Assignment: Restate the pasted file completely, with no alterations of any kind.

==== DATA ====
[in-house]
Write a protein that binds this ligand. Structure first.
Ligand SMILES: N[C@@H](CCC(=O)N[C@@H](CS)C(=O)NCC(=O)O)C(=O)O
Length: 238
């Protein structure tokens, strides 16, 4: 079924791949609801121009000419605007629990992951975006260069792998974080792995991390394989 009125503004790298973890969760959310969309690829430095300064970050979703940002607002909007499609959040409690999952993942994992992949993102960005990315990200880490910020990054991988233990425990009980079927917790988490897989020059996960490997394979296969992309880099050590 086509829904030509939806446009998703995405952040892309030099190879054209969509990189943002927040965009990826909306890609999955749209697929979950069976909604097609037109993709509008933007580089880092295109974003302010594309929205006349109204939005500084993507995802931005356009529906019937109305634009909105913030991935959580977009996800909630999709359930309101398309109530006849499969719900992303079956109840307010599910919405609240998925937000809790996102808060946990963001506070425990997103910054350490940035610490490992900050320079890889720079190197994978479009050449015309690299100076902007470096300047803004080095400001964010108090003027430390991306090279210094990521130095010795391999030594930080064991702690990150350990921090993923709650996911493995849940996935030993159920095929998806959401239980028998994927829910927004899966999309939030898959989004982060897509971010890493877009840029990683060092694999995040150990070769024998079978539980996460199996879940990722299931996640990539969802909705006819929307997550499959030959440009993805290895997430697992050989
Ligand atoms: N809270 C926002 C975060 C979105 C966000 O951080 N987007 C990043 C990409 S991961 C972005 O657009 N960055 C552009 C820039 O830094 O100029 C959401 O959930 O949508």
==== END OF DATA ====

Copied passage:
[in-house]
Write a protein that binds this ligand. Structure first.
Ligand SMILES: N[C@@H](CCC(=O)N[C@@H](CS)C(=O)NCC(=O)O)C(=O)O
Length: 238
């Protein structure tokens, strides 16, 4: 079924791949609801121009000419605007629990992951975006260069792998974080792995991390394989 009125503004790298973890969760959310969309690829430095300064970050979703940002607002909007499609959040409690999952993942994992992949993102960005990315990200880490910020990054991988233990425990009980079927917790988490897989020059996960490997394979296969992309880099050590 086509829904030509939806446009998703995405952040892309030099190879054209969509990189943002927040965009990826909306890609999955749209697929979950069976909604097609037109993709509008933007580089880092295109974003302010594309929205006349109204939005500084993507995802931005356009529906019937109305634009909105913030991935959580977009996800909630999709359930309101398309109530006849499969719900992303079956109840307010599910919405609240998925937000809790996102808060946990963001506070425990997103910054350490940035610490490992900050320079890889720079190197994978479009050449015309690299100076902007470096300047803004080095400001964010108090003027430390991306090279210094990521130095010795391999030594930080064991702690990150350990921090993923709650996911493995849940996935030993159920095929998806959401239980028998994927829910927004899966999309939030898959989004982060897509971010890493877009840029990683060092694999995040150990070769024998079978539980996460199996879940990722299931996640990539969802909705006819929307997550499959030959440009993805290895997430697992050989
Ligand atoms: N809270 C926002 C975060 C979105 C966000 O951080 N987007 C990043 C990409 S991961 C972005 O657009 N960055 C552009 C820039 O830094 O100029 C959401 O959930 O949508």